Vital to carry on battle against graft
Stricter supervision, as well as relevant regulations, within the Party is needed to keep all members and the powers they wield in check.
An eight-part documentary, Corruption Fight is Always Underway, which hit the small screen less than a week before the Sixth Plenum of the 18th Central Committee of the Communist Party of China began in Beijing onMonday, has put the focus back on the fight against corruption.
Co-produced by the CPC Central Commission for Discipline Inspection and China Central Television, the series focuses on many senior corrupt officials’ “depravation diaries” and tearful remorse for their wrongdoings. Their descriptions of how things went wrong in their political life, from bribery to embezzlement of public funds, highlight the need to press ahead with a newnationwide battle against corruption that started in 2012, and strengthen intra-Party supervision.
In the interviews they gave while in detention, some corrupt officials regretted believing they could get away with their misdeeds once they retired or were promoted to high positions. The fact that the corrupt officials, including Su Rong, former vicechairman of China’s top political advisory body, didn’t manage to escape the lawshowcases the leadership’s determination to end corruption and create a healthy political atmosphere within the Party.
The common elements among the former provincial or ministerial-level officials who gave the interviews were the gradual increase in their corrupt practices and the prevailing polluted political environment. Some local civil servants refused to be subjected to the Party discipline, putting their personal interests before public good, because their supervisors had done the same. Some even went further, making nepotism an integral part of their careers and refusing to conduct sincere peer reviews.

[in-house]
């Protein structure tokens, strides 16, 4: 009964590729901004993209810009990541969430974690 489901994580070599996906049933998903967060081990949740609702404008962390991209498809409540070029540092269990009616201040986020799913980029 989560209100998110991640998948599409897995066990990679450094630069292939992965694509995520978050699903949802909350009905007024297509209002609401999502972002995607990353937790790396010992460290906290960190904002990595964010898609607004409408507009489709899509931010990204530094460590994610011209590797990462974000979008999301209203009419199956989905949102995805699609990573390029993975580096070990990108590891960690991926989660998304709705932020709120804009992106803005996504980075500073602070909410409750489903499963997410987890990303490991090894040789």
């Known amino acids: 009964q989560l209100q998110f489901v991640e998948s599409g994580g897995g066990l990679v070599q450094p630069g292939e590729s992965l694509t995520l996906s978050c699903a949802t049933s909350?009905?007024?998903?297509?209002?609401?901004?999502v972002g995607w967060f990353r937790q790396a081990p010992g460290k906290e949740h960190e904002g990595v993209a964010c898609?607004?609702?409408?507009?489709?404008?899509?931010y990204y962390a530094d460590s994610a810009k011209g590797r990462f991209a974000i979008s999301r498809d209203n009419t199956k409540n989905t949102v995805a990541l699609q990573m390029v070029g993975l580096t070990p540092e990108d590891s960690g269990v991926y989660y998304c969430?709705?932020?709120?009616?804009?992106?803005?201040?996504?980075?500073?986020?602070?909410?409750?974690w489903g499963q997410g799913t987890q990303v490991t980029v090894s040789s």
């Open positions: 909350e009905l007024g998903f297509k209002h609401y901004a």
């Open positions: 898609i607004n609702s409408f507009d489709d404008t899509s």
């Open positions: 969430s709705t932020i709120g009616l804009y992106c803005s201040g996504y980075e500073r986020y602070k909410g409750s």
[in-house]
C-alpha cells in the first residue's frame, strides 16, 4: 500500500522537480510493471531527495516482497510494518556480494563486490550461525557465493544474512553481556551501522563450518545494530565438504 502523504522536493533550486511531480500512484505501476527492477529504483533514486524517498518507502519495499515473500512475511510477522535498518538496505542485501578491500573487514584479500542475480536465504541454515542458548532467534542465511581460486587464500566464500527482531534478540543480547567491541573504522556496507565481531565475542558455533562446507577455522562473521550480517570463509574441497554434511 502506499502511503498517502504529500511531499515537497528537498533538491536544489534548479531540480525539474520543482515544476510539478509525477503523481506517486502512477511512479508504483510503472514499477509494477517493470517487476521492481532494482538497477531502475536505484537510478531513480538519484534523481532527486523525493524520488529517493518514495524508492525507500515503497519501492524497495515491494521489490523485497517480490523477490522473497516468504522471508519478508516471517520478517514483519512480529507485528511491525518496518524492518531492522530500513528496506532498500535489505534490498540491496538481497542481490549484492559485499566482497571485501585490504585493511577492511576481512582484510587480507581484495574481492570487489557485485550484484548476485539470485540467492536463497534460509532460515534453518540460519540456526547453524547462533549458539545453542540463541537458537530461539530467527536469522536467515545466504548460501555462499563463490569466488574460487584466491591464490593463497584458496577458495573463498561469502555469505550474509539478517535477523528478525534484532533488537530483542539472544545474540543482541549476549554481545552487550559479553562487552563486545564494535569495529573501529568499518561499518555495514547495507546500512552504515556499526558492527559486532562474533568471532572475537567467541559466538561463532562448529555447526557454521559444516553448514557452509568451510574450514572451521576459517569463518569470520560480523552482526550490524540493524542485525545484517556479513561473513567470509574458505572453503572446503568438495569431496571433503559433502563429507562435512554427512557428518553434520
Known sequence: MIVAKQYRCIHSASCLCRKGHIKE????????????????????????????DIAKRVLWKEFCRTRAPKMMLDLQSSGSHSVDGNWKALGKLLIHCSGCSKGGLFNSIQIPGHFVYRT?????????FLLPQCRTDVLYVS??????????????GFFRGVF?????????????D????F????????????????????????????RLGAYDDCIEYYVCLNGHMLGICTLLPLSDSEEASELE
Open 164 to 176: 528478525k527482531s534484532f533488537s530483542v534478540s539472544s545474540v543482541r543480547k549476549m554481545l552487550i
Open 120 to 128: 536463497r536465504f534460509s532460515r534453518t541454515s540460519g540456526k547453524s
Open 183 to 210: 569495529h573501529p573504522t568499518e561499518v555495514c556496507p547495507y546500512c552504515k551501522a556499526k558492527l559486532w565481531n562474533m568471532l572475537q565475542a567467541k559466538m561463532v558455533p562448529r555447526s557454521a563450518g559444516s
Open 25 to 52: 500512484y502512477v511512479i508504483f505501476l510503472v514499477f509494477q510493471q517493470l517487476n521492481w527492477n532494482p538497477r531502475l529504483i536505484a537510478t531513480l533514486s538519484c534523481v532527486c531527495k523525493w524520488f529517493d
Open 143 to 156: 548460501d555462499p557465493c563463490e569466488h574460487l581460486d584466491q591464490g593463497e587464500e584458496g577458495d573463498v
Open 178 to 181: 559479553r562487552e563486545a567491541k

Therefore, it is more than necessary to enhance all Party members’ sense of responsibility and discipline in order to keep bureaucratism, extravagance and undesirable practices at bay. As the largest political party in the world and the ruling party of China, the CPC requires its members to stay committed to the Party and the people. And it is almost impossible for them to remain free of corruption without proper Party guidance.
The common factors in most corruption cases add weight to the “irrefutable truth” that unsupervised power eventually leads to corruption, as Party chief Xi Jinping has said. The disgraced officials who were given power by the people to serve the people misused their privileges to solicit personal gains to pursue their illicit and extravagant lifestyle.
Stricter supervision, as well as relevant regulations, within the Party is needed to keep all members and the powers they wield in check. Emboldened by their “special” positions and desire for illegal gains, some officials failed to resist the urge to abuse their powers and have received due punishments.
To prevent officials from following in the footsteps of their corrupt predecessors, all departments and individuals should fulfill their supervisory responsibilities, and implement tougher measures such as disciplinary punishments. They also need to streamline the inspection mechanism by paying extra attention to the “privileged few” who are more likely to abuse power, and encourage citizens to report officials’ dereliction of duty to higher authorities. The author is director of the China Anti-Corruption Judicial Research Center.